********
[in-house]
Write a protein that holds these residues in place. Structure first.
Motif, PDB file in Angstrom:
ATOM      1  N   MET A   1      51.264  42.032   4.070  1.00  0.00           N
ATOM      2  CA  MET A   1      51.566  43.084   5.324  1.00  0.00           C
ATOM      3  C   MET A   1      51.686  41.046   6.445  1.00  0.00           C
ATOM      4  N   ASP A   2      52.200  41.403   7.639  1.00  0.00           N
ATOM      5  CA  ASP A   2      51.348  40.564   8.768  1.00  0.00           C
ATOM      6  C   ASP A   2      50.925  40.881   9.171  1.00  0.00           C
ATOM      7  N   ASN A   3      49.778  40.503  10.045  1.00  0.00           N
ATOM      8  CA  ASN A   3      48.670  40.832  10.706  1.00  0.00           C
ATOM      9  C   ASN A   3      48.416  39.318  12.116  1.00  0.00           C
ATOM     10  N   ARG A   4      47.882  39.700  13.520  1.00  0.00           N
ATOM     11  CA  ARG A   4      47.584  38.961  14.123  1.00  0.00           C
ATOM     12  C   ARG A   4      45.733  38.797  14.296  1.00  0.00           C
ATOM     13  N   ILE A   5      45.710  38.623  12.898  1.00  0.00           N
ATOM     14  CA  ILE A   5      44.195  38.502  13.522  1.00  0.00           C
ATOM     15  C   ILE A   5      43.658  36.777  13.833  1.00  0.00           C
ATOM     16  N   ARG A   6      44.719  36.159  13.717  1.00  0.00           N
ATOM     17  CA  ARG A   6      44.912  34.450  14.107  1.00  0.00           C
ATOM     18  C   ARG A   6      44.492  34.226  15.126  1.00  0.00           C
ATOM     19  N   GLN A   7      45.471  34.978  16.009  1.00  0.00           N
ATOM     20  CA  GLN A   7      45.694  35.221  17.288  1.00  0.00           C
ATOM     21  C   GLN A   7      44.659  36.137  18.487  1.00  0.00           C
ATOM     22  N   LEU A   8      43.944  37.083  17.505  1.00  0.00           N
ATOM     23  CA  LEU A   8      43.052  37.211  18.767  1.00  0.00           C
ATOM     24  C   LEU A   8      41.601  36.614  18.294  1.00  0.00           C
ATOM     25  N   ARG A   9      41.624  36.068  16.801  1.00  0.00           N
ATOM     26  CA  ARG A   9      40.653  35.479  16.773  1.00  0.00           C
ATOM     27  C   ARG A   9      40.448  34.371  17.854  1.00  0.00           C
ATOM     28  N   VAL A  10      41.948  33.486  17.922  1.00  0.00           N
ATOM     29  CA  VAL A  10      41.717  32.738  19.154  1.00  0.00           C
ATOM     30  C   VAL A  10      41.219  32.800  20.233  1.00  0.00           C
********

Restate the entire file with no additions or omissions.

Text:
[in-house]
Write a protein that holds these residues in place. Structure first.
Motif, PDB file in Angstrom:
ATOM      1  N   MET A   1      51.264  42.032   4.070  1.00  0.00           N
ATOM      2  CA  MET A   1      51.566  43.084   5.324  1.00  0.00           C
ATOM      3  C   MET A   1      51.686  41.046   6.445  1.00  0.00           C
ATOM      4  N   ASP A   2      52.200  41.403   7.639  1.00  0.00           N
ATOM      5  CA  ASP A   2      51.348  40.564   8.768  1.00  0.00           C
ATOM      6  C   ASP A   2      50.925  40.881   9.171  1.00  0.00           C
ATOM      7  N   ASN A   3      49.778  40.503  10.045  1.00  0.00           N
ATOM      8  CA  ASN A   3      48.670  40.832  10.706  1.00  0.00           C
ATOM      9  C   ASN A   3      48.416  39.318  12.116  1.00  0.00           C
ATOM     10  N   ARG A   4      47.882  39.700  13.520  1.00  0.00           N
ATOM     11  CA  ARG A   4      47.584  38.961  14.123  1.00  0.00           C
ATOM     12  C   ARG A   4      45.733  38.797  14.296  1.00  0.00           C
ATOM     13  N   ILE A   5      45.710  38.623  12.898  1.00  0.00           N
ATOM     14  CA  ILE A   5      44.195  38.502  13.522  1.00  0.00           C
ATOM     15  C   ILE A   5      43.658  36.777  13.833  1.00  0.00           C
ATOM     16  N   ARG A   6      44.719  36.159  13.717  1.00  0.00           N
ATOM     17  CA  ARG A   6      44.912  34.450  14.107  1.00  0.00           C
ATOM     18  C   ARG A   6      44.492  34.226  15.126  1.00  0.00           C
ATOM     19  N   GLN A   7      45.471  34.978  16.009  1.00  0.00           N
ATOM     20  CA  GLN A   7      45.694  35.221  17.288  1.00  0.00           C
ATOM     21  C   GLN A   7      44.659  36.137  18.487  1.00  0.00           C
ATOM     22  N   LEU A   8      43.944  37.083  17.505  1.00  0.00           N
ATOM     23  CA  LEU A   8      43.052  37.211  18.767  1.00  0.00           C
ATOM     24  C   LEU A   8      41.601  36.614  18.294  1.00  0.00           C
ATOM     25  N   ARG A   9      41.624  36.068  16.801  1.00  0.00           N
ATOM     26  CA  ARG A   9      40.653  35.479  16.773  1.00  0.00           C
ATOM     27  C   ARG A   9      40.448  34.371  17.854  1.00  0.00           C
ATOM     28  N   VAL A  10      41.948  33.486  17.922  1.00  0.00           N
ATOM     29  CA  VAL A  10      41.717  32.738  19.154  1.00  0.00           C
ATOM     30  C   VAL A  10      41.219  32.800  20.233  1.00  0.00           C